The testimonies I have heard recently make me really leery of buying a Toyota. It makes me think, that could have been me. I don’t believe that the company knows what is causing the problems in its cars. Think about how many times a day you see a Camry or a Prius or a Sienna and then think…their car may not be under control. How many people die before it gets fixed? I like my Sonata just fine, thanks.

Giacinta Shidler
Guest
Giacinta Shidler
11 years 2 months ago

These new reports cropping up may or may not be reliable, but the point is that there are people who think they are. It’s definitely a huge PR black eye for Toyota. The thing is, if there really is an electrical or computer glitch, those are notoriously hard to track down, and Toyota may simply be unable to guarantee that they have fixed the problem once and for all on existing models. This is going to be really hard for Toyota to come back from.

Mark Burr
Guest
11 years 2 months ago
Statistically, this was bound to happen with Toyota. They had gained their reputation for quality and service when they were building and selling fewer cars than one American car company division. Of course, now those numbers are way beyond that and they face the same issues that go along with the massive volumes of cars produced at those levels. They are also far more spread out today than they were when all of their vehicles came out of Toyota City. ]By the numbers and by dispersing production, it’s nearly impossible as American car makers have always found, to produce at the level of quality that they once did. Dealing with these issues is not new to them just as any other maker, however dealing with them at this magnitude is very new. Certainly their reputation has taken a bit of a hit. However, the majority of that may be with non-Toyota owners, media and critics. Most Toyota owners that I know are loyal and aren’t the least bit concerned that they will be taken care… Read more »
Gene Hoffman
Guest
Gene Hoffman
11 years 2 months ago

I have lost my remaining iota
To feel safe in buying a Toyota;
Newer complaints about Lexus
Have punched my solar plexus.
When reputations get so high
Pedals sticking make customer fly.

The Moral: High quality control
Is a constant thing, never droll.

Mel Kleiman
Guest
11 years 2 months ago

Simple lesson here for all of us. It is a lot less expensive to fix the problem the first time we hear about it than to wait and see if it will go away or if any one else has the problem.

Craig Sundstrom
Guest
11 years 2 months ago

“These new reports cropping up may or may not be reliable, but the point is that there are people who think they are.”

BINGO. Here we are in, I believe, the second month of this issue, and we still have people missing the point: of course with millions of cars on the road this issue may be nothing but statistical noise, but many millions of people do not believe this, and so far Toyota has done little to convince them they are wrong; even worse, it doesn’t appear to even have a plan to do so (other than being polite). Those proclaiming it’s “nothing,” or a conspiracy, or jealousy, or … are coming across as little more than apologists, and doing exactly what they say they oppose: making claims without documenting them.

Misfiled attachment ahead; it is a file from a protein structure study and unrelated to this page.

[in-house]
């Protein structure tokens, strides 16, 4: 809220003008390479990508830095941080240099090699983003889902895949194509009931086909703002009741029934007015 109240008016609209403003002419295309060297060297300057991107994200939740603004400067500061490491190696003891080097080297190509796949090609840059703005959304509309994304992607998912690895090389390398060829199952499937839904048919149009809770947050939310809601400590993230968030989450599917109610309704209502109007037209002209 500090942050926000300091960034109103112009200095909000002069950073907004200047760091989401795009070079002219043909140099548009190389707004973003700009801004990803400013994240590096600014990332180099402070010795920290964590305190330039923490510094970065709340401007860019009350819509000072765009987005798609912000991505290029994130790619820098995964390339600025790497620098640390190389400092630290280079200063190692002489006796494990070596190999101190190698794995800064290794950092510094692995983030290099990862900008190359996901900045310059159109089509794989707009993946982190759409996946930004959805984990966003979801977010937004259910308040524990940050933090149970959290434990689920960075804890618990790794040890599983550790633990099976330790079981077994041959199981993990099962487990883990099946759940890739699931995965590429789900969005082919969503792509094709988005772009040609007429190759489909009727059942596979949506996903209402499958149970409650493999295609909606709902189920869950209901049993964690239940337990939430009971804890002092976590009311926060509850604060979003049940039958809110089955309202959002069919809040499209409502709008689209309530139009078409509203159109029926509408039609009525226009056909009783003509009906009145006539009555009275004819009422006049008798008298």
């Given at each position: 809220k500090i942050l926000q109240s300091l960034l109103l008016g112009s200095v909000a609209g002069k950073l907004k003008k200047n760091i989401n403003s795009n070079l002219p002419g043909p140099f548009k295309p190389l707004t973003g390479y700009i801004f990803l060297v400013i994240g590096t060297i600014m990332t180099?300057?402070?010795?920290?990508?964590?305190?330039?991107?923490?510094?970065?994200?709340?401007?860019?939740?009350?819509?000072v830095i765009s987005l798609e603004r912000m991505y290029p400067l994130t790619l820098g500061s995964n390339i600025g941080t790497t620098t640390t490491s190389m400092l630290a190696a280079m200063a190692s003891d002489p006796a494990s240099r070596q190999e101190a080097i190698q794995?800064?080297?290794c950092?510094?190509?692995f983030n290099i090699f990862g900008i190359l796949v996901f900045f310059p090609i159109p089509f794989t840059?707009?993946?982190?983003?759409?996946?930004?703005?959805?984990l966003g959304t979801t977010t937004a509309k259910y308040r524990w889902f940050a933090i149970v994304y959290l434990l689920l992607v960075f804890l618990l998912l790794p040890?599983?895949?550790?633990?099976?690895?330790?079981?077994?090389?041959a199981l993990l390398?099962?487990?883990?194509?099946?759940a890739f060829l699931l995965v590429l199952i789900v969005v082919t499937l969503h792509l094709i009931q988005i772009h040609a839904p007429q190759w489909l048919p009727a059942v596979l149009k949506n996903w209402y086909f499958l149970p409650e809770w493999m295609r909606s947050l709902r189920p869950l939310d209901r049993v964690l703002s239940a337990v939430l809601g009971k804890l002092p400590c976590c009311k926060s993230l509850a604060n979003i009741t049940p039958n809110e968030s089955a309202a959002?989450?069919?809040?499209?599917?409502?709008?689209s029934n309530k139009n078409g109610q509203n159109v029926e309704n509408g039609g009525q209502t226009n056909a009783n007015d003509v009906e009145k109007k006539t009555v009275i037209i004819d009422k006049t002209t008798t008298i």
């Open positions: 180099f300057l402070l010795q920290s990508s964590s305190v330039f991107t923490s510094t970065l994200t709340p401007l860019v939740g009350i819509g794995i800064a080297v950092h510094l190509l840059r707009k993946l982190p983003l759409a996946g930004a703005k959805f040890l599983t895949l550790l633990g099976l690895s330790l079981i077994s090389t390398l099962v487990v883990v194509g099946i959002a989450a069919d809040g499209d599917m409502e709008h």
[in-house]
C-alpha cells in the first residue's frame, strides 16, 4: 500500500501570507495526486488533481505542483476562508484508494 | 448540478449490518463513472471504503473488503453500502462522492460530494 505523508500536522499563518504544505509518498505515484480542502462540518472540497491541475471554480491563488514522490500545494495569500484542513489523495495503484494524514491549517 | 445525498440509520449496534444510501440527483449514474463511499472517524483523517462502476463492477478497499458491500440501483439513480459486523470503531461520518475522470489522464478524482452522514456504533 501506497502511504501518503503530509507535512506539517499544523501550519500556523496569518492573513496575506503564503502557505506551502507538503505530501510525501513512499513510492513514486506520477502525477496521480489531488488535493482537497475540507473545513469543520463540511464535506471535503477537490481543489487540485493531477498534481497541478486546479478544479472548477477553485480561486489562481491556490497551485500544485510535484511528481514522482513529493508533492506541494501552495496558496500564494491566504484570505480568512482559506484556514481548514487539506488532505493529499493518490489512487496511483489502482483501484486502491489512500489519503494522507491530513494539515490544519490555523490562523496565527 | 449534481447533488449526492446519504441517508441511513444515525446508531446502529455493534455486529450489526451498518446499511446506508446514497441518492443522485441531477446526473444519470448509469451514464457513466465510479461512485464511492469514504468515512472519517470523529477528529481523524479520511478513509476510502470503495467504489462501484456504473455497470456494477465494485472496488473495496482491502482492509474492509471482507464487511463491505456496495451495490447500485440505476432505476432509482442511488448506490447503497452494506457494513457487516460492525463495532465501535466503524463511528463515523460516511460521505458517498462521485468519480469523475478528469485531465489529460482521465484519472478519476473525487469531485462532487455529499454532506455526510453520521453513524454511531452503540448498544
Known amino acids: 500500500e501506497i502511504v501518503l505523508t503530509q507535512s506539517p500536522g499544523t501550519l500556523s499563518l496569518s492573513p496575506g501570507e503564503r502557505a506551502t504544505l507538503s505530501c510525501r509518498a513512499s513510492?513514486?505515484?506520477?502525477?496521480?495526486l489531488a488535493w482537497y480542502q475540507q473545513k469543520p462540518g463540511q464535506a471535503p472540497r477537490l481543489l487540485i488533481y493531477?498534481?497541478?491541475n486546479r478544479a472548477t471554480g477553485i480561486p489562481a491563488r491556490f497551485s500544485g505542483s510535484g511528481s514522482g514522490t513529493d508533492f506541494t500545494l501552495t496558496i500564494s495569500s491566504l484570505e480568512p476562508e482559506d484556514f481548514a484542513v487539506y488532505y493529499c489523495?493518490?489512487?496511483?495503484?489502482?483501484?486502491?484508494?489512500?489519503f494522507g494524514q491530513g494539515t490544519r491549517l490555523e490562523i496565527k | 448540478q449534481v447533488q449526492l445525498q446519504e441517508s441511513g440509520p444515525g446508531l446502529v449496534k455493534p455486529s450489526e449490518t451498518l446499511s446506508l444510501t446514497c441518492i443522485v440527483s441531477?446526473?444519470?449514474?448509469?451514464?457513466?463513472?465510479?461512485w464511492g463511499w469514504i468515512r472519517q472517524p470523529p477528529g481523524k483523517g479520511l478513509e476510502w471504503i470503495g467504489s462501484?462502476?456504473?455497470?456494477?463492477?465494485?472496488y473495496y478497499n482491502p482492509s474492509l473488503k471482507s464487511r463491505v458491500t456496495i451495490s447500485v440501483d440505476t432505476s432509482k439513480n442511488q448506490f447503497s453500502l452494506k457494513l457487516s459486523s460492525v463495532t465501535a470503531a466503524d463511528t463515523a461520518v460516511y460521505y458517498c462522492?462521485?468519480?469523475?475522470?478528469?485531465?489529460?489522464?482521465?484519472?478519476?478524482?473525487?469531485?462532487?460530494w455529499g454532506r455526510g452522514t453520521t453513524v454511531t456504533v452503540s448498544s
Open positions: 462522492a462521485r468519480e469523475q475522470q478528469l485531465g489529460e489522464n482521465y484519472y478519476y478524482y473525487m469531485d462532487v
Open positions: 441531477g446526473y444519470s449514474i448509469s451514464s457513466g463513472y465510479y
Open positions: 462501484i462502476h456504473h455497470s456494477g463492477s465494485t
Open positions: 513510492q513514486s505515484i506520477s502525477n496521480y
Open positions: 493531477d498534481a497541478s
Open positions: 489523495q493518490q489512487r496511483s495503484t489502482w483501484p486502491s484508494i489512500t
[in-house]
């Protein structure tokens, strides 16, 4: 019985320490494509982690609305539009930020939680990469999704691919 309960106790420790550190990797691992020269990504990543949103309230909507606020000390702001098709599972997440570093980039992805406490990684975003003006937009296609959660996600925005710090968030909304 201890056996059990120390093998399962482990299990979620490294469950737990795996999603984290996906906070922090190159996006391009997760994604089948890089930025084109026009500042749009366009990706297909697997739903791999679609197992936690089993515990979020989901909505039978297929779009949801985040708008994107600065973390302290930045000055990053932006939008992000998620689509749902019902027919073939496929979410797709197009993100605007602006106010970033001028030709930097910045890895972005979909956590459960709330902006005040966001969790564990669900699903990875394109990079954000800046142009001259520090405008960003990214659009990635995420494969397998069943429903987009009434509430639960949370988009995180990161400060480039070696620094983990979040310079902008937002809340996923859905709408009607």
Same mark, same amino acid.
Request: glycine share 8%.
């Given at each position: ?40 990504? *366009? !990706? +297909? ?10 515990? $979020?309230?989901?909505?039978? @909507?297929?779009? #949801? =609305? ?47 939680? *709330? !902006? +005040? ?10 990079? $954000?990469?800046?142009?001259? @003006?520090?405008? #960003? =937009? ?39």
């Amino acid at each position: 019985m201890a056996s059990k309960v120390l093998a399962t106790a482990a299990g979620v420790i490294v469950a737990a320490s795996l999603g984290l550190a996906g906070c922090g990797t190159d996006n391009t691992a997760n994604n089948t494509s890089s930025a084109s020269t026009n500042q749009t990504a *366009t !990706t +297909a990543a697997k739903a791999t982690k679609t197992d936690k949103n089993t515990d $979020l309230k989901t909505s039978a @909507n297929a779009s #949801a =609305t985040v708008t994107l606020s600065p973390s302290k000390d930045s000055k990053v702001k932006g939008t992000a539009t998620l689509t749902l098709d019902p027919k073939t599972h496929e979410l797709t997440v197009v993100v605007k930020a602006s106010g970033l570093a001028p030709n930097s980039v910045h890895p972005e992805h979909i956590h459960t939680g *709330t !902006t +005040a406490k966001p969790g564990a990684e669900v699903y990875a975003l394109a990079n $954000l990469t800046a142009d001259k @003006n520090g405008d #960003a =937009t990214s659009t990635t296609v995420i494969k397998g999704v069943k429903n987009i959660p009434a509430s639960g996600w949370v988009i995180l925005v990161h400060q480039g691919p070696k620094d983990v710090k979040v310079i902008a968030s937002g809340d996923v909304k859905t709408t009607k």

Michael Boze
Guest
Michael Boze
11 years 2 months ago
A year ago I was reading stories about sudden acceleration with the Prius model. The problem has been around for some time while the response from Toyota has bee slow in coming. When the company announced its fix for the problem, I was struck by how quickly they jumped on a solution once the online world created the buzz of the story. I questioned in my own mind how comprehensive the solution was? It sounds like they had an 80% solution. I think the issue is corporate culture and structure at Toyota that was slow to recognize a problem. I also think corporate ego has played a role in the response. I believe Toyota has become an industry leader because of its quality. I do not see the difference between their response and the historic response of GM to the Corvair or other safety issues over the years. Being bigger and going global as a brand requires new thinking on addressing the squeaky wheel. Making the bigger synonymous with better remains a huge challenge for… Read more »
Bill Emerson
Guest
Bill Emerson
11 years 2 months ago
Amidst all the “expert” opinions (code for no experience whatsoever in the auto industry), the obligatory posturing by politicians, the 24/7 sensationalism of the media bolstered by some very dubious personal accounts, the utterly predictable announcement of class action lawsuits, I still have not heard one thing–a definitive answer to what caused the sudden acceleration. I have read a very thoughtful piece by someone who has studied sudden acceleration at length for the NTSB. His findings, formed over years of research, were that the overwhelming cause of sudden acceleration was the driver trying to step on the brake and stepping on the accelerator mistakenly. But gee, that doesn’t sell newspapers or fill broadcast hours, does it? It definitely doesn’t turn on the clock for class action lawyers. I have owned and driven a Lexus since the first year they came out. I would not own another car. I have never had a single mechanical issue with the 8 models that I have owned. As far as I’m concerned, they are the safest vehicles on the… Read more »